Consumers also want to track their shipment and re-route the package if needed. This is where UPS, which operates in 220 countries and territories, can help.

The UPS Access Point Network gives your customer the option to pick up their order at a location near their home or work, ensuring they don’t miss a delivery or risk having the package left at their doorstep. UPS My Choice also gives consumers total control over their deliveries, allowing them to re-route packages as necessary.

Logistics companies like UPS can also help in the following ways:

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Ensure compliance by controlling speed and cost of inbound shipments.

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Minimize mistaken return shipments to the wrong warehouses or repair centers.

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Create and deliver commercial invoices with return labels to international customers.

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Forecast volume and adjust staffing around inbound returns.

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Link shipment information directly into your customer service or warehouse operations.

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Maximize fast recovery of high-value goods, before they become obsolete.

[Also on Longitudes: Reason, Reality and the Future of Trade]

Don’t take trade for granted

Early in his first term, U.S. President Barack Obama traveled to Canada and succinctly described the importance of the American-Canadian partnership:

As neighbors, we are so closely linked that sometimes we may have a tendency to take our relationship for granted, but the very success of our friendship throughout history demands that we renew and deepen our cooperation here in the 21st century. We’re joined together by the world’s largest trading relationship and countless daily interactions that keep our borders open and secure.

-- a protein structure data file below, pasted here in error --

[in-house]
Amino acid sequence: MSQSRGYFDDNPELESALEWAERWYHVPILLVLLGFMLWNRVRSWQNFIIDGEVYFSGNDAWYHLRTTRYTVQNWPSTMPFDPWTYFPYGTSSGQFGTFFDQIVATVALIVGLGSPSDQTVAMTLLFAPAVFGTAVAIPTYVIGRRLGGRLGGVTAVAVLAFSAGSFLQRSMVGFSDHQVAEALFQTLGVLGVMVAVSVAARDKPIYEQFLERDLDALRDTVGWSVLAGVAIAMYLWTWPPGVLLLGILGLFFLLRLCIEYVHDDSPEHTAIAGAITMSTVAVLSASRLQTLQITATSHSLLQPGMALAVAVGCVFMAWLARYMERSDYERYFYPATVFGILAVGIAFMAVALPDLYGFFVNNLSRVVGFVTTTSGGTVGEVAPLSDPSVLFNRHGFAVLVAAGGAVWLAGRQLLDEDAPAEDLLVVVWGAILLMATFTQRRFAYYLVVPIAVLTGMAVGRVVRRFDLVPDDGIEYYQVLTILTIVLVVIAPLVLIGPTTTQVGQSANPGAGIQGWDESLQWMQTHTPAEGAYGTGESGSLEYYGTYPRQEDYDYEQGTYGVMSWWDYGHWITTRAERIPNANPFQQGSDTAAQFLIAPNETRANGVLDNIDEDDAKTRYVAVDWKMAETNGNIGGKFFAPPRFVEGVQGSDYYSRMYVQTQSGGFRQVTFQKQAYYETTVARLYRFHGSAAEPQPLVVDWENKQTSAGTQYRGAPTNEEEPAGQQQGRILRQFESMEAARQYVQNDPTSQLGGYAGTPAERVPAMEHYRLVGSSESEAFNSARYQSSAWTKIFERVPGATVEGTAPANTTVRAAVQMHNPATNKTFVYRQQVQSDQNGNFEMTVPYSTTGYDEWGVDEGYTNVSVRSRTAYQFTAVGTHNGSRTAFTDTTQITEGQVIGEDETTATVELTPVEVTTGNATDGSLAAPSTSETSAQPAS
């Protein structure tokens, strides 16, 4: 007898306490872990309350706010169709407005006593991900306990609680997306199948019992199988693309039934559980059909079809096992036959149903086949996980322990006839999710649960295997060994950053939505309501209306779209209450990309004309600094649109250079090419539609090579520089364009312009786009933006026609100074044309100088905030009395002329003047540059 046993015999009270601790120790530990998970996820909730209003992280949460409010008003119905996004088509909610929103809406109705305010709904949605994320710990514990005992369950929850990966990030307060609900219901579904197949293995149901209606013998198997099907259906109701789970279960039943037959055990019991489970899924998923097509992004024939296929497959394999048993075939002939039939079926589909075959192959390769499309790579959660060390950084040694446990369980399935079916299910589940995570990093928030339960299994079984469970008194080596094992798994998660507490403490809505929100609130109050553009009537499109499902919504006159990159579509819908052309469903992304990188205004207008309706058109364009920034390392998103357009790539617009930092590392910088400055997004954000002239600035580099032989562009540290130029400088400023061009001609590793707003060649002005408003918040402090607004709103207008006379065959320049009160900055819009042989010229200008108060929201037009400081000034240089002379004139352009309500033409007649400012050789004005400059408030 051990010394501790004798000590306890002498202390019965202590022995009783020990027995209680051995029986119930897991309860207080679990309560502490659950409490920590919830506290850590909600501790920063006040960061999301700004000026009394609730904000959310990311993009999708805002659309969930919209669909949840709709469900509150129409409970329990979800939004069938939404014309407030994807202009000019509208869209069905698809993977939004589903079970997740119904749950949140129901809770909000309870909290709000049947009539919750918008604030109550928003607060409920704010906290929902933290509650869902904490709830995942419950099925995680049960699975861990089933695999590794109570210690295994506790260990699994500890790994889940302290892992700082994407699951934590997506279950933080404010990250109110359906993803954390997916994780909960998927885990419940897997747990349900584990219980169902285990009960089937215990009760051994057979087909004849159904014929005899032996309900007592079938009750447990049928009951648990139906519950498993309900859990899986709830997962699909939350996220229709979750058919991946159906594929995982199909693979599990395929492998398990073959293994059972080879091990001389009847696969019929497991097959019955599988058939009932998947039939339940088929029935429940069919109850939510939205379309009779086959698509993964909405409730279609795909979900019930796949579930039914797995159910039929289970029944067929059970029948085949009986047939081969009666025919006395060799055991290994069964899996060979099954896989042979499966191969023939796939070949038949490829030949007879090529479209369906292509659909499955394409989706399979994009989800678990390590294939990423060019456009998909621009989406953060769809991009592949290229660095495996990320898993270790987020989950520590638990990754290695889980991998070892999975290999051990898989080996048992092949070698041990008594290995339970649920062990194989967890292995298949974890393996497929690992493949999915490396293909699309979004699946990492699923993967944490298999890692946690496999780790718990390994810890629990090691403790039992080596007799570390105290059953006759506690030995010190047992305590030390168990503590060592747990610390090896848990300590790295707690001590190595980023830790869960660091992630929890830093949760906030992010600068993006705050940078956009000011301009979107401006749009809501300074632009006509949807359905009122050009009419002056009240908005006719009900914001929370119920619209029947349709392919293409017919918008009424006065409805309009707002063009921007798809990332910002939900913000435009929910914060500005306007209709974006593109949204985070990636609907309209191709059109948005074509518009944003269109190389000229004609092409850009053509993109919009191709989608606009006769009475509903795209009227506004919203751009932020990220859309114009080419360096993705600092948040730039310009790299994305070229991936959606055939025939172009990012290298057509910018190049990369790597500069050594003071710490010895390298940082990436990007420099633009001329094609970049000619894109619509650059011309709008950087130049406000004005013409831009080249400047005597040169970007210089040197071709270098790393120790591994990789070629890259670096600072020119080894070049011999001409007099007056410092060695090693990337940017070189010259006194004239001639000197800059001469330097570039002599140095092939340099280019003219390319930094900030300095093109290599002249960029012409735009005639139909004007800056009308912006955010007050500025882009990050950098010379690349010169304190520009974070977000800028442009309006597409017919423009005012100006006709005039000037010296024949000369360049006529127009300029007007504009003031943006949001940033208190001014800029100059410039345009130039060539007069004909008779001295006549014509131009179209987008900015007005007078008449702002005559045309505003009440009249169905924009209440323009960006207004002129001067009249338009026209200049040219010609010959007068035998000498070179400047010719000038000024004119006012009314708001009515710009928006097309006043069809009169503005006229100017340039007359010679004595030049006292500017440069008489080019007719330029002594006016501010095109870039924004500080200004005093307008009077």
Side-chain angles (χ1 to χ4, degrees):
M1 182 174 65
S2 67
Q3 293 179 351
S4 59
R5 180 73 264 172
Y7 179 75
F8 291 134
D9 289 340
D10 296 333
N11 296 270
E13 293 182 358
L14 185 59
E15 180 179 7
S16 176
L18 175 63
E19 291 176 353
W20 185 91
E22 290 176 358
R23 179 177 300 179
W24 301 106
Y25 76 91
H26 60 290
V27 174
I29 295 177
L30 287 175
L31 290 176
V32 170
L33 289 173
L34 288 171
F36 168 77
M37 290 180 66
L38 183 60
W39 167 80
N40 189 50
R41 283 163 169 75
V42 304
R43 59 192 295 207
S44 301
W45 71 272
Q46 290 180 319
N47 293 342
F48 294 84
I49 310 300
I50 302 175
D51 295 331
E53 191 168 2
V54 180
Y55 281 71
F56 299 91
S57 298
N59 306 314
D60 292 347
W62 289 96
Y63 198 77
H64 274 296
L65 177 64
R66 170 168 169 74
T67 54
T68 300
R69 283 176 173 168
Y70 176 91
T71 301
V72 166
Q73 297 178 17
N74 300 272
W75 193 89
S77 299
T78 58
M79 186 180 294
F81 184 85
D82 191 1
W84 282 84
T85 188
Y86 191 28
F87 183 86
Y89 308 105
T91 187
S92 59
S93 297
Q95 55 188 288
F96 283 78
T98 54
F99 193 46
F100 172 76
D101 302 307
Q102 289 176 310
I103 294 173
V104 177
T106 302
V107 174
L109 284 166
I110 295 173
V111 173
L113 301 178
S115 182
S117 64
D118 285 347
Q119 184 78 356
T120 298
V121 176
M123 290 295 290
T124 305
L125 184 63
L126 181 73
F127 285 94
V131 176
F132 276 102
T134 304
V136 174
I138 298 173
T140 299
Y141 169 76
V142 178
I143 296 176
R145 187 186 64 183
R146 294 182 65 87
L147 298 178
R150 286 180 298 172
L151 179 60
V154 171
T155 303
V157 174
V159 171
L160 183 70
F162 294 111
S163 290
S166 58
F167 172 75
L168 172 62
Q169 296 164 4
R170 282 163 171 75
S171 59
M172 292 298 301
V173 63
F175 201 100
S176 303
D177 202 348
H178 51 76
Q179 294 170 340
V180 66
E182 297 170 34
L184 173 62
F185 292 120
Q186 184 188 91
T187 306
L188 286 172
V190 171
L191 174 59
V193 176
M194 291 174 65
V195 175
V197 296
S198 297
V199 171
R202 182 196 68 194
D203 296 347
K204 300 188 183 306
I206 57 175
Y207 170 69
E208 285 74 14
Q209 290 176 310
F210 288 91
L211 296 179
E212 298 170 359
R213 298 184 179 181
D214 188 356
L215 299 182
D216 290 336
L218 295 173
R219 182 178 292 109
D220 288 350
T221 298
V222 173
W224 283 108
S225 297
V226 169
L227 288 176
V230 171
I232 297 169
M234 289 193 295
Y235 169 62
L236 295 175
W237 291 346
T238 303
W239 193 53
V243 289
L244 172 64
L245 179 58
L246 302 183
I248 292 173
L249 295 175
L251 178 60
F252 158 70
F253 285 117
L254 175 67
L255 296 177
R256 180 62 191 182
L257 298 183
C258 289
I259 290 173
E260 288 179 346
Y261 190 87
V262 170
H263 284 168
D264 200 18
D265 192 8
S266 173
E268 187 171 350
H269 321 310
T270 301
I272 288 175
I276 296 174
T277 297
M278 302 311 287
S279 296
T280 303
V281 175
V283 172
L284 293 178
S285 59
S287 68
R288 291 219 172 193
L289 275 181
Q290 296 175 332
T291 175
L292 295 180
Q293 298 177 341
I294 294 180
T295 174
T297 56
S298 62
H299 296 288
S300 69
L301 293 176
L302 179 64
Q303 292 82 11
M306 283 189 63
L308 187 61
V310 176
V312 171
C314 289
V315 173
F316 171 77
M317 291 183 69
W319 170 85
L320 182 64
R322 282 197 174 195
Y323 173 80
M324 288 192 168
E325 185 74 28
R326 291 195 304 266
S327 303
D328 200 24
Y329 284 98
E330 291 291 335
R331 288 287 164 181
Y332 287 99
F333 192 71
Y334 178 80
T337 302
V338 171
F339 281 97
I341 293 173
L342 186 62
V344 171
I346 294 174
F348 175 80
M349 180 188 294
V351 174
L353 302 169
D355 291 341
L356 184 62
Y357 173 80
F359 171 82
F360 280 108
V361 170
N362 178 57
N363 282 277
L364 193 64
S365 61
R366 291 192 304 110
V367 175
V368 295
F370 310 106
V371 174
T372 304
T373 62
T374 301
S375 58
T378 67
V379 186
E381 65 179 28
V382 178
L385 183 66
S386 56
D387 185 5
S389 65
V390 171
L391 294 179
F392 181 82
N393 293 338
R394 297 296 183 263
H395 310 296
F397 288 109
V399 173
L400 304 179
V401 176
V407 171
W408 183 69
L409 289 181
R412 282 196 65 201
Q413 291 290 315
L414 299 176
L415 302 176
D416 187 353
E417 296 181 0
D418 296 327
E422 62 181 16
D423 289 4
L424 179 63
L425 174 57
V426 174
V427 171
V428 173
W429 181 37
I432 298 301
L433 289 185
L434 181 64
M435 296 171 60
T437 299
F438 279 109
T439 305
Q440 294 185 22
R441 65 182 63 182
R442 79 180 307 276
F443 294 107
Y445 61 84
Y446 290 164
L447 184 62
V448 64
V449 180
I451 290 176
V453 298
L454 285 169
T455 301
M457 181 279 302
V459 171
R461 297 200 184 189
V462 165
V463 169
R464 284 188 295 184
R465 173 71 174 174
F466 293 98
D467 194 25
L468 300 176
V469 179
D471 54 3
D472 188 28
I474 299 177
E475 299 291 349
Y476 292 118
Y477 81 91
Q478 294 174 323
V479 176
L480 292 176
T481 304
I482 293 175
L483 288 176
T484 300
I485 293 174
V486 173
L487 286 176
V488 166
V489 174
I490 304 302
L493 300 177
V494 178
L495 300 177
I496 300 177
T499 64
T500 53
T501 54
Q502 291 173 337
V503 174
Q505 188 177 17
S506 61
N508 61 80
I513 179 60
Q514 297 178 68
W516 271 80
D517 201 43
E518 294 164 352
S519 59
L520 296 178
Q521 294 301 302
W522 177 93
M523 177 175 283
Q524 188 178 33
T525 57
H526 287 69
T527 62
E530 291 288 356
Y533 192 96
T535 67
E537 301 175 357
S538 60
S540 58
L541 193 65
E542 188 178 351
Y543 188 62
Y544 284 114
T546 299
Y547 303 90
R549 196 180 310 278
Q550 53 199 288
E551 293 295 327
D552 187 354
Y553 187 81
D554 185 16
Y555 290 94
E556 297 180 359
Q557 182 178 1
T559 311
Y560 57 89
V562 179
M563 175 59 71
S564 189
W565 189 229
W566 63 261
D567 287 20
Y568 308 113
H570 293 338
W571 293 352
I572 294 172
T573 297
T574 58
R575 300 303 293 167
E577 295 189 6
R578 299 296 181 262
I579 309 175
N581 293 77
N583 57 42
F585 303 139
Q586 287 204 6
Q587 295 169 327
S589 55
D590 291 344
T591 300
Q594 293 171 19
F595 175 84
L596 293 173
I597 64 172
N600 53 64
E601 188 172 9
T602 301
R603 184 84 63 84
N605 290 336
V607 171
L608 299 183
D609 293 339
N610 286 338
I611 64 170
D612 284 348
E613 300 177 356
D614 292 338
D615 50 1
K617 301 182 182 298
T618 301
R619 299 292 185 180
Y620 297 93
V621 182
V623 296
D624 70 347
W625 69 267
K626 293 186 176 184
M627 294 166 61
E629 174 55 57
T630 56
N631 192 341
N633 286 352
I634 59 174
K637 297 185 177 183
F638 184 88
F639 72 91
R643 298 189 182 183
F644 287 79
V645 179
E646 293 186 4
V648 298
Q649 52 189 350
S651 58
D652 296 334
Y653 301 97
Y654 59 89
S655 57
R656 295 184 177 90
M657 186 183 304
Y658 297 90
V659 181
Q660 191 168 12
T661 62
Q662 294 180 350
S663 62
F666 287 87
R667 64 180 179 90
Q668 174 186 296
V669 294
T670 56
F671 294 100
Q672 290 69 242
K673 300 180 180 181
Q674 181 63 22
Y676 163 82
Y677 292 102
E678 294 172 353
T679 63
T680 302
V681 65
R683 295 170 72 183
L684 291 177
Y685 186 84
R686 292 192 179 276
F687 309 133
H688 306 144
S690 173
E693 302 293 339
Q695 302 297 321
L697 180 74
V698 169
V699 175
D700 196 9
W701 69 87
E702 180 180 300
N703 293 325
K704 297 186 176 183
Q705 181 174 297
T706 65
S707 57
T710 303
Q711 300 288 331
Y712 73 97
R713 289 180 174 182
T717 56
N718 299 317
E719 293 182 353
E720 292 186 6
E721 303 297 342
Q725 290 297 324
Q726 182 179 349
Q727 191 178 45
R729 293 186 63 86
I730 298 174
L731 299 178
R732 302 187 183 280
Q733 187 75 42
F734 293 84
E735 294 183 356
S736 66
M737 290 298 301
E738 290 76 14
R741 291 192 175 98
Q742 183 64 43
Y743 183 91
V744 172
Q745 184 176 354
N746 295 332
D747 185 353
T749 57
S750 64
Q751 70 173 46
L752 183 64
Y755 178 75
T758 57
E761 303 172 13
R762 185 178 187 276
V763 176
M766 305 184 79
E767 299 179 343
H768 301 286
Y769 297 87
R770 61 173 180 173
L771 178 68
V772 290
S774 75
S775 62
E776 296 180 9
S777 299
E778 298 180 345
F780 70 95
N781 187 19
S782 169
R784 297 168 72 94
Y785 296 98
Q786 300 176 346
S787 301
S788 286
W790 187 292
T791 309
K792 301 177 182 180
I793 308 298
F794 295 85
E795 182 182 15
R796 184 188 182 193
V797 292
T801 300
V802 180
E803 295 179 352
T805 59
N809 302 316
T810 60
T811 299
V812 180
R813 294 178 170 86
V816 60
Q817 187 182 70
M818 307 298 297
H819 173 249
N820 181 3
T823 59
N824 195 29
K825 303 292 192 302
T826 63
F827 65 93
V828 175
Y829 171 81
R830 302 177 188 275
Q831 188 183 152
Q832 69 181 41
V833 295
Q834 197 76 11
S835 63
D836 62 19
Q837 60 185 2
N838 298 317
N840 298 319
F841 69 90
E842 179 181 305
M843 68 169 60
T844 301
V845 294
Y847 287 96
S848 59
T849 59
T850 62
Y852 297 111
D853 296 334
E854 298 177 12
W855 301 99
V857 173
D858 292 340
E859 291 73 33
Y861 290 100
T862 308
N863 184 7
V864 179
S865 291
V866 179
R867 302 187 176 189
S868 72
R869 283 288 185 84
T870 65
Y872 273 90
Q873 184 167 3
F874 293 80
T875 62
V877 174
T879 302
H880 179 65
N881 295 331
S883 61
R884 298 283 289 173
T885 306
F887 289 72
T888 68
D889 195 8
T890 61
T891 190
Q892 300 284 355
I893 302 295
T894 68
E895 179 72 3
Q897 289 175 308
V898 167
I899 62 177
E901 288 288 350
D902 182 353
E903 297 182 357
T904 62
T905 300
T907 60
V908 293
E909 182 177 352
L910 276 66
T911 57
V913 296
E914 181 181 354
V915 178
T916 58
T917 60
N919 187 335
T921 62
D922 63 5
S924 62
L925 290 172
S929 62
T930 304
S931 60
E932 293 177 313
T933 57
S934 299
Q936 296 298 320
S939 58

Being European myself, I’ve seen first-hand how trade can transform entire regions of the world. Throughout my career at UPS, I have lived in seven countries and have witnessed the power of free trade. 

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The evidence is too overwhelming to suggest otherwise. 

Some of those countries were located in Europe, and the European Union has dramatically broken down borders and red tape, facilitating the seamless movement of goods – the EU has opened doors to future growth.

As we have seen with so-called Brexit, there is opposition to this viewpoint. But as financial markets continue to react negatively to that vote, such sentiment might be revisited.

Ultimately, the important thing to remember is that trade expands opportunity, trade levels the playing field and trade lays the foundation for innovation.

The evidence is too overwhelming to suggest otherwise.goldbrown2

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Christoph Atz is the president of UPS Canada. As president, Atz is responsible for the performance and growth of operations across the country, which includes overseeing more than 12,000 employees.

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2 Comments

  1. William Laraque

    The thesis of this post is well taken with one exception. mIn Canada EDC empowers SMEs to engage in cross-border trade. In the US, the Ex-Im Bank is handcuffed by one Seantor, Shelby of Alabama. Is the US a dictatorship as well as an oligarchy? The answer is important for the global trade prospects of the US.

    1. Josh Taylor

      Good point. The problems at the Export-Import Bank are definitely costing the U.S. jobs and some high-dollar sales (nothing over $10M is getting funded, I believe). But how about a little reciprocity on the Canadian de minimis for the individual consumer? It’s so low in Canada ($20 vs. $800 in the U.S.) that it not only hamstrings northbound e-commerce, it costs the Canadian government more money than it generates. According to eBay’s Canada managing director, Andrea Stairs, the federal government spends roughly $160 million to collect only about $40 million in revenue on goods valued between $20 and $80.
      But, to Mr. Atz’ point, the value of the US/CA relationship is well worth the effort it requires from both sides. Hopefully we can keep it little less lopsided than the curling Olympic medal count…
      Thanks for the informative article and the informed comment!